Tracker.gradient(x > (@tullio (max) res := x[i]^3), [1,2,3,2,1,3])[1]
Larger expressions
using Tullio, OffsetArrays
# A convolution with cyclic indices
mat = zeros(10,10,1); mat[2,2] = 101; mat[10,10] = 1;
@tullio kern[i,j] := 1/(1+i^2+j^2) (i in 3:3, j in 3:3)
@tullio out[x,y,c] := begin
xi = mod(x+i, axes(mat,1)) # xi = ... means that it won't be summed,
# yj = mod(y+j, axes(mat,2))
@inbounds trunc(Int, mat[xi, mod(y+j), c] * kern[i,j]) # and disables automatic @inbounds,
end (x in 1:10, y in 1:10) # and prevents range of x from being inferred.
# A stencil?
offsets = [(a,b) for a in 2:2 for b in 2:2 if a>=b] # vector of tuples
@tullio out[x,y,1] = begin
a,b = offsets[k]
i = clamp(x+a, extrema(axes(mat,1))...)
# j = clamp(y+b, extrema(axes(mat,2))...) # can be written clamp(y+b)
@inbounds mat[i, clamp(y+b), 1] * 10
end # ranges of x,y read from out[x,y,1]
# Applying a vector of functions
fs = [sin, cos, tan]
xs = randn(3,100)
@tullio ys[r,c] := (fs[r])(xs[r,c])
using Zygote, ForwardDiff
rowmap(fs, xs) = @tullio ys[r,c] := (fs[r])(xs[r,c]) grad=Dual nograd=fs
Zygote.gradient(sum∘rowmap, fs, ones(3,2))
[f'(1) for f in fs] # agrees
Options
The default setting is:
@tullio threads=true fastmath=true avx=true tensor=true cuda=256 grad=Base verbose=false A[i,j] := ...
threads=false
turns off threading, whilethreads=64^3
sets a threshold size at which to divide the work (replacing the macro's best guess).avx=false
turns off the use ofLoopVectorization
, whileavx=4
inserts@avx unroll=4 for i in ...
.grad=false
turns off gradient calculation, andgrad=Dual
switches it to useForwardDiff
(which must be loaded).nograd=A
turns of the gradient calculation just forA
, andnograd=(A,B,C)
does this for several arrays.tensor=false
turns off the use ofTensorOperations
. Assignment
xi = ...
removesxi
from the list of indices: its range is note calculated, and it will not be summed over. It also disables@inbounds
since this is now up to you. verbose=true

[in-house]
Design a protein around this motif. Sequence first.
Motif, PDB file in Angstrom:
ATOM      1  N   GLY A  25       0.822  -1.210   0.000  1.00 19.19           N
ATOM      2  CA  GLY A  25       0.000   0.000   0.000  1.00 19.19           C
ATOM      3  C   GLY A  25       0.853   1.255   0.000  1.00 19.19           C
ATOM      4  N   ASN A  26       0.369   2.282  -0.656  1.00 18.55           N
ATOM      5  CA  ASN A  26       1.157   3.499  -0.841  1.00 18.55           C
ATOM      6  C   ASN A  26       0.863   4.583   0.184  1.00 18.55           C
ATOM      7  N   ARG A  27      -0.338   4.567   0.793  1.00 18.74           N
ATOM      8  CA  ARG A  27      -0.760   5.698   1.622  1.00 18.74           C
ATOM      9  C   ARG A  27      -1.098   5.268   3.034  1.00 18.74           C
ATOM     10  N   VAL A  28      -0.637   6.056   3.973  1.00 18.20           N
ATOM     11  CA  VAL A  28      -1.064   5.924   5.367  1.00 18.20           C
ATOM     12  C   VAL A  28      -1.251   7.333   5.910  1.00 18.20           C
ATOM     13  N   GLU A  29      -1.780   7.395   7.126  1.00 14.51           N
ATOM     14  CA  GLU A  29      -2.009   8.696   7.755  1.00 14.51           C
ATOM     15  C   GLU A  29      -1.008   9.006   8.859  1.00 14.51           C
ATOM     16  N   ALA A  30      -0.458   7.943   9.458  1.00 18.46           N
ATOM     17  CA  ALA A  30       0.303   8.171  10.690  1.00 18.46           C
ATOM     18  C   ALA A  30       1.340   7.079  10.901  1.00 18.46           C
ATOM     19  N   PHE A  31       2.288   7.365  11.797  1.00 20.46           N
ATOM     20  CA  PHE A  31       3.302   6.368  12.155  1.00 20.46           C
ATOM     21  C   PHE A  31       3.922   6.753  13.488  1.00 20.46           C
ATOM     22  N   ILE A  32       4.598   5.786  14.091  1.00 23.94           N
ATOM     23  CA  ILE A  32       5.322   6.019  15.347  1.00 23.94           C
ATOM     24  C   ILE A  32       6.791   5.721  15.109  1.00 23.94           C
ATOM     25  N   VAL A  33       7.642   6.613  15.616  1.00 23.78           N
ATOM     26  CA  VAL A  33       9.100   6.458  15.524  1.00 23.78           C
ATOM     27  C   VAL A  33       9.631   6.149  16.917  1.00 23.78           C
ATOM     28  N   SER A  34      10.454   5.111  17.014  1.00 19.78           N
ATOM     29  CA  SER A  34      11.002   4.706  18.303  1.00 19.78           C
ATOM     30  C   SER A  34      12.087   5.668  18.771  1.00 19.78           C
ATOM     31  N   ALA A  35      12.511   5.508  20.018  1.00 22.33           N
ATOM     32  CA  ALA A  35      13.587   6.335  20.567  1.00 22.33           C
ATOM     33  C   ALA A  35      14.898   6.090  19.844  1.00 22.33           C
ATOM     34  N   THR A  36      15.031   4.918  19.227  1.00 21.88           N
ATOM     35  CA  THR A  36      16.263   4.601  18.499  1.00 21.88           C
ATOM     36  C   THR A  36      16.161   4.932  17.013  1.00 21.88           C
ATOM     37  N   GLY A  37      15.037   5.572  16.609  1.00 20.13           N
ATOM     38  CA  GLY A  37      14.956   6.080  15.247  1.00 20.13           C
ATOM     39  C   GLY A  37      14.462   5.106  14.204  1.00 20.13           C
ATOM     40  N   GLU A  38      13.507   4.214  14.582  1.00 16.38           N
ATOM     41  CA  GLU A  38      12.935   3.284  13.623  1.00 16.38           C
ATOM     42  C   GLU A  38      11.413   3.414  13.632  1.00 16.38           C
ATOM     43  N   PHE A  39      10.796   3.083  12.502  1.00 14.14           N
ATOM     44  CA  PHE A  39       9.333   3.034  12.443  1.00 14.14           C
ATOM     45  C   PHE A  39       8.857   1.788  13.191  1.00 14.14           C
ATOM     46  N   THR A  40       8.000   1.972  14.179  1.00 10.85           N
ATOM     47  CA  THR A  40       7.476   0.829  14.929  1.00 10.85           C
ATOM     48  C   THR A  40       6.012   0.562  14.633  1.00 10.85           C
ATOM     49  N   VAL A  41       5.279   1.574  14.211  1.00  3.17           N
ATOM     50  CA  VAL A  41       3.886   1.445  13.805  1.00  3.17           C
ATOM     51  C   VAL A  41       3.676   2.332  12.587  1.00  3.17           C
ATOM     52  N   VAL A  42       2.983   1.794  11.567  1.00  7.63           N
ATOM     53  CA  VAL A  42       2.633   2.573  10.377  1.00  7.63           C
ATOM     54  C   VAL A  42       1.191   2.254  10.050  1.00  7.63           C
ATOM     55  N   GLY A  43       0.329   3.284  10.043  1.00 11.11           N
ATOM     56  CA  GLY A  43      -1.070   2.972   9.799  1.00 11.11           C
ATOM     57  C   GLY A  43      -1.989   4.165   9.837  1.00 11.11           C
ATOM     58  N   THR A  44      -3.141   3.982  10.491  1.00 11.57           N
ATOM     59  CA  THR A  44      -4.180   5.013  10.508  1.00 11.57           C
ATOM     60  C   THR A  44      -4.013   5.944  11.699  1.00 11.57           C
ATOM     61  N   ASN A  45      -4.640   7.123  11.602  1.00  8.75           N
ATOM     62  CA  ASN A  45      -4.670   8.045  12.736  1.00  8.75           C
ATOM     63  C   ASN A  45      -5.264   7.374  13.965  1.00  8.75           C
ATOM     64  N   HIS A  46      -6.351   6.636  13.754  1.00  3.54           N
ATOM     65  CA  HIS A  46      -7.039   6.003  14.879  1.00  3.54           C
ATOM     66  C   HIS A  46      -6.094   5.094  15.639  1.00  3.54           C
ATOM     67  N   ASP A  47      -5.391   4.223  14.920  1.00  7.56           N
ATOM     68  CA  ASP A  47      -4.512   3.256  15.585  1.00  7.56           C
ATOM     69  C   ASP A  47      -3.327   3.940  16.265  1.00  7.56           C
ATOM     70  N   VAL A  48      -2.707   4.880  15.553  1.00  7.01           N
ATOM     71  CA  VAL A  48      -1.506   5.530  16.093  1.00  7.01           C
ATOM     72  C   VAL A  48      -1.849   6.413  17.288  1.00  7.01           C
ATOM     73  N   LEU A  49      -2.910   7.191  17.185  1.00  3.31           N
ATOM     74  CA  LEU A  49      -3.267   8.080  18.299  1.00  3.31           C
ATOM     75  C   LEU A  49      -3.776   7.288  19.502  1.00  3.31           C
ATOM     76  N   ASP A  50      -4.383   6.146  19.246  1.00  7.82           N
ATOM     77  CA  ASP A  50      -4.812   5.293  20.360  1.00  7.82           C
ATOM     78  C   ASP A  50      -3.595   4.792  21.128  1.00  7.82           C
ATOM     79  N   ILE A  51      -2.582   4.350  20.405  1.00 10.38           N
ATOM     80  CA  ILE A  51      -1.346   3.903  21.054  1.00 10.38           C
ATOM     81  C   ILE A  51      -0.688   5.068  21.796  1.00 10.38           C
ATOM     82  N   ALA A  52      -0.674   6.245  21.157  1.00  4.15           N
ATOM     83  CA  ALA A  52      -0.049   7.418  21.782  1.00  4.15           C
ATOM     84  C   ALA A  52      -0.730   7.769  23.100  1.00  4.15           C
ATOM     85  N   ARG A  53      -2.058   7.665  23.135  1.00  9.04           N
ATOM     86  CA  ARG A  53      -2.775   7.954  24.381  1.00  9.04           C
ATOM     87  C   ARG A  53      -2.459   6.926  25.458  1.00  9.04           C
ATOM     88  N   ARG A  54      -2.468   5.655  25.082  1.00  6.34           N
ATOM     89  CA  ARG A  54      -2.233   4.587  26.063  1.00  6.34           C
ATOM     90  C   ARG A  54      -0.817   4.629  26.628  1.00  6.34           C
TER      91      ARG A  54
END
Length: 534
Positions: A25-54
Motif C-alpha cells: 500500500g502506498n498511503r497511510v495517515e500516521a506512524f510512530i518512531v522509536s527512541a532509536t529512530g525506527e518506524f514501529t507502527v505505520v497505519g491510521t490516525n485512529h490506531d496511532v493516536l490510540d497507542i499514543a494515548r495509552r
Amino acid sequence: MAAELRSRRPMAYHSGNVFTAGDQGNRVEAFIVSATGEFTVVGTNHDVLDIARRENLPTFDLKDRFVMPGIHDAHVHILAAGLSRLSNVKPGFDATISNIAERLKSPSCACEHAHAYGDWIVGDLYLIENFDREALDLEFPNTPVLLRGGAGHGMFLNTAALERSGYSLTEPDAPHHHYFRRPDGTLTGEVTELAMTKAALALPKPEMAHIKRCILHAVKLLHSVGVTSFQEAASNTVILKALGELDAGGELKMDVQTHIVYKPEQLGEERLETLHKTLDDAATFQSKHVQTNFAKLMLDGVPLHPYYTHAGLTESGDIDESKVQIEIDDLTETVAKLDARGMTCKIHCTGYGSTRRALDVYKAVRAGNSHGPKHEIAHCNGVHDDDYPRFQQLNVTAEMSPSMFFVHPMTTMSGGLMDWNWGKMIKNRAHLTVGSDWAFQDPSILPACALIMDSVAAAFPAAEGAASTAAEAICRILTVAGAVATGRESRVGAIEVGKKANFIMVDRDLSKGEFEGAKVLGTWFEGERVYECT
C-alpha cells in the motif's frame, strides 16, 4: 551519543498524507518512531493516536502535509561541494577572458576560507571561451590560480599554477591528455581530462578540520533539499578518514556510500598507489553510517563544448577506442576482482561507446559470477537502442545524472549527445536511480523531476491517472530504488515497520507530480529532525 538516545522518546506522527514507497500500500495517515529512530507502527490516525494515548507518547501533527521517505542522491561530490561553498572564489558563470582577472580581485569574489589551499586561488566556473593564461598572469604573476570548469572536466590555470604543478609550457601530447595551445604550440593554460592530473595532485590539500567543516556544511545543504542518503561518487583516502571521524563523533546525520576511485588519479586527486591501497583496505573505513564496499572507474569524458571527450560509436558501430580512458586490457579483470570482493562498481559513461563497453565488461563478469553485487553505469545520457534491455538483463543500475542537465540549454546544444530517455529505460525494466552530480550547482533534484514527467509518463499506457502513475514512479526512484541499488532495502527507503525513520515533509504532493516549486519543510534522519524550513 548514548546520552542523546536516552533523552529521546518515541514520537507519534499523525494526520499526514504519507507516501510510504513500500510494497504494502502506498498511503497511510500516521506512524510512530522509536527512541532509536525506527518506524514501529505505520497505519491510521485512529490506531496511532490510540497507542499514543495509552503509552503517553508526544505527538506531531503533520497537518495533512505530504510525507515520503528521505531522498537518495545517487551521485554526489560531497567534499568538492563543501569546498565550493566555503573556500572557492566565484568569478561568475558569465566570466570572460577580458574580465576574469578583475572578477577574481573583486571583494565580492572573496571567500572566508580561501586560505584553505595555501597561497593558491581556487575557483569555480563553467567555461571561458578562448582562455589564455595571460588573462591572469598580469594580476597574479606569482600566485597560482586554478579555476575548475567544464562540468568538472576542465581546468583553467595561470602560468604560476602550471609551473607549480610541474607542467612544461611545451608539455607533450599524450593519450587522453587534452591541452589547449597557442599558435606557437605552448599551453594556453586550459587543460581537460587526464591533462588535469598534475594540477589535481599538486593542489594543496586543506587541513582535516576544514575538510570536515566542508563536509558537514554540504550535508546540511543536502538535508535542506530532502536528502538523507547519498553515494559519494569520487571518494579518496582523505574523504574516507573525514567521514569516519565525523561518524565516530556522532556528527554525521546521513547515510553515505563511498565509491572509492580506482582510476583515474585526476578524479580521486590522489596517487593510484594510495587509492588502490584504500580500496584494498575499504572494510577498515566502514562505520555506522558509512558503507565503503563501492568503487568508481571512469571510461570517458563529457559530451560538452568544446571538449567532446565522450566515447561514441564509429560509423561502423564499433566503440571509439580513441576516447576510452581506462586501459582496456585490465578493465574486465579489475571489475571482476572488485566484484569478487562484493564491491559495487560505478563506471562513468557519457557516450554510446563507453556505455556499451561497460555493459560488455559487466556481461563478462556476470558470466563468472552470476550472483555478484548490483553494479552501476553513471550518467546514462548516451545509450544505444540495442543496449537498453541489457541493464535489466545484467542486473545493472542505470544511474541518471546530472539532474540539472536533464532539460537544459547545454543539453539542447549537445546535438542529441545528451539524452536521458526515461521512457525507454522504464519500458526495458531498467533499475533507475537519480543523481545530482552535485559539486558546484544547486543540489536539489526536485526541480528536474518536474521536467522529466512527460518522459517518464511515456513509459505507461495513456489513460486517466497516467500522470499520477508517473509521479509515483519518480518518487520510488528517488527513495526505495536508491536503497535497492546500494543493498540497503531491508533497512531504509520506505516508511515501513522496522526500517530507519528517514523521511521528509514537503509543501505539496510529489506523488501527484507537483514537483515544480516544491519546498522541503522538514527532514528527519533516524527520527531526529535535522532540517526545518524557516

prints things like the index ranges inferred, and gradient calculations.verbose=2
prints absolutely everything.A[i,j] := ...
makes a new array, whileA[i,j] = ...
andA[i,j] += ...
write into an existing one.A[row=i, col=j] := ...
makes a newNamedDimsArray
.@tullio (*) A[i,j] := ...
is a product, as is@tullio A[i,j] *= ...
. For other reductions,@tullio (f) A[i,j] ^= ...
is an inplace update.init=0.0
gives the initial value for reductions. For+
,*
,min
,min
,&
,
it has sensible defaults, for other reductions uses zero.
Implicit:
 Indices without shifts must have the same range everywhere they appear, but those with shifts (even
A[i+0]
) run over the intersection of possible ranges.  Shifted output indices must start at 1, unless
OffsetArrays
is visible in the calling module.  The use of
@avx
, and the calculation of gradients, are switched off by sufficiently complex syntax (such as arrays of arrays).  Gradient hooks are attached for any or all of
ReverseDiff
,Tracker
&Zygote
. These packages need not be loaded when the macro is run.  Gradients are only defined for reductions over
(+)
(default) andmin
,max
.  GPU kernels are only constructed when both
KernelAbstractions
andCUDA
are visible. The defaultcuda=256
is passed tokernel(CUDA(), 256)
.  The CPU kernels from
KernelAbstractions
are called only whenthreads=false
; they are not at present very fast, but perhaps useful for testing.
Extras:
A[i] := i^2 (i in 1:10)
is how you specify a range for indices when this can't be inferred.A[i] := B[i, $col]  C[i, 2]
is how you fix one index to a constant (to preventcol
being summed over).A[i] := $d * B[i]
is the preferred way to include other constants. Note that no gradient is calculated ford
. Within indexing,
A[mod(i), clamp(j)]
both mapsi
&j
to lie withinaxes(A)
, and disables inference of their ranges fromA
.  Similarly,
A[pad(i,3)]
extends the range ofi
, inserting zeros outside ofA
. Instead of zero,pad=NaN
uses this value as padding. The implementation of this (andmod
,clamp
) is not very fast at present.  On the left, when making a new array, an underscore like
A[i+_] :=
inserts whatever shift is needed to makeA
onebased. Tullio.@printgrad (x+y)*log(x/z) x y z
prints out how symbolic derivatives will be done.
Macros:
Tullio.@tensor
is a macro which uses TensorOperations to evaluate expressions, but provides gradient definitions. (Previously this was automatic behaviour, when TensorOperations.jl was loaded & the expression was suitable.)Tullio.@einsum
is a variant with a few changes, to allow the running of Einsum.jl's tests.
Internals
The following three macros all end up calling the same functions as does C = A * B